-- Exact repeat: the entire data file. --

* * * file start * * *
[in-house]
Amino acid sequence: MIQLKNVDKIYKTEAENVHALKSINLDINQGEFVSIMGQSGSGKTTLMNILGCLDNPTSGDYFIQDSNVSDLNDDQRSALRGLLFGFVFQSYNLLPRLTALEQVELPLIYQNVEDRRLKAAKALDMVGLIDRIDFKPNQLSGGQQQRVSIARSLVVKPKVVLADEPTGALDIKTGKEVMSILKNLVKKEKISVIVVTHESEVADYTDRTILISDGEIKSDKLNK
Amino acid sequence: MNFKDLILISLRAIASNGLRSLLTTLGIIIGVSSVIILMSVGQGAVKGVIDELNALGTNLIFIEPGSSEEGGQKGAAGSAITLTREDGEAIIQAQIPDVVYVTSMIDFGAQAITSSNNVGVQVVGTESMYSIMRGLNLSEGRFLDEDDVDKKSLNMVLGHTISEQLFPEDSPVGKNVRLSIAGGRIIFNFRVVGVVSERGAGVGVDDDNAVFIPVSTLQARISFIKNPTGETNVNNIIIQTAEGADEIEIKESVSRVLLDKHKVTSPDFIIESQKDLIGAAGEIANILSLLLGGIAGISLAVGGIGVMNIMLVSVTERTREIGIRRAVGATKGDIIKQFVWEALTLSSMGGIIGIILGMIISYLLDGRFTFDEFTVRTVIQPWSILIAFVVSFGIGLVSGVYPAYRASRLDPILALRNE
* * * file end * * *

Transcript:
[in-house]
Amino acid sequence: MIQLKNVDKIYKTEAENVHALKSINLDINQGEFVSIMGQSGSGKTTLMNILGCLDNPTSGDYFIQDSNVSDLNDDQRSALRGLLFGFVFQSYNLLPRLTALEQVELPLIYQNVEDRRLKAAKALDMVGLIDRIDFKPNQLSGGQQQRVSIARSLVVKPKVVLADEPTGALDIKTGKEVMSILKNLVKKEKISVIVVTHESEVADYTDRTILISDGEIKSDKLNK
Amino acid sequence: MNFKDLILISLRAIASNGLRSLLTTLGIIIGVSSVIILMSVGQGAVKGVIDELNALGTNLIFIEPGSSEEGGQKGAAGSAITLTREDGEAIIQAQIPDVVYVTSMIDFGAQAITSSNNVGVQVVGTESMYSIMRGLNLSEGRFLDEDDVDKKSLNMVLGHTISEQLFPEDSPVGKNVRLSIAGGRIIFNFRVVGVVSERGAGVGVDDDNAVFIPVSTLQARISFIKNPTGETNVNNIIIQTAEGADEIEIKESVSRVLLDKHKVTSPDFIIESQKDLIGAAGEIANILSLLLGGIAGISLAVGGIGVMNIMLVSVTERTREIGIRRAVGATKGDIIKQFVWEALTLSSMGGIIGIILGMIISYLLDGRFTFDEFTVRTVIQPWSILIAFVVSFGIGLVSGVYPAYRASRLDPILALRNE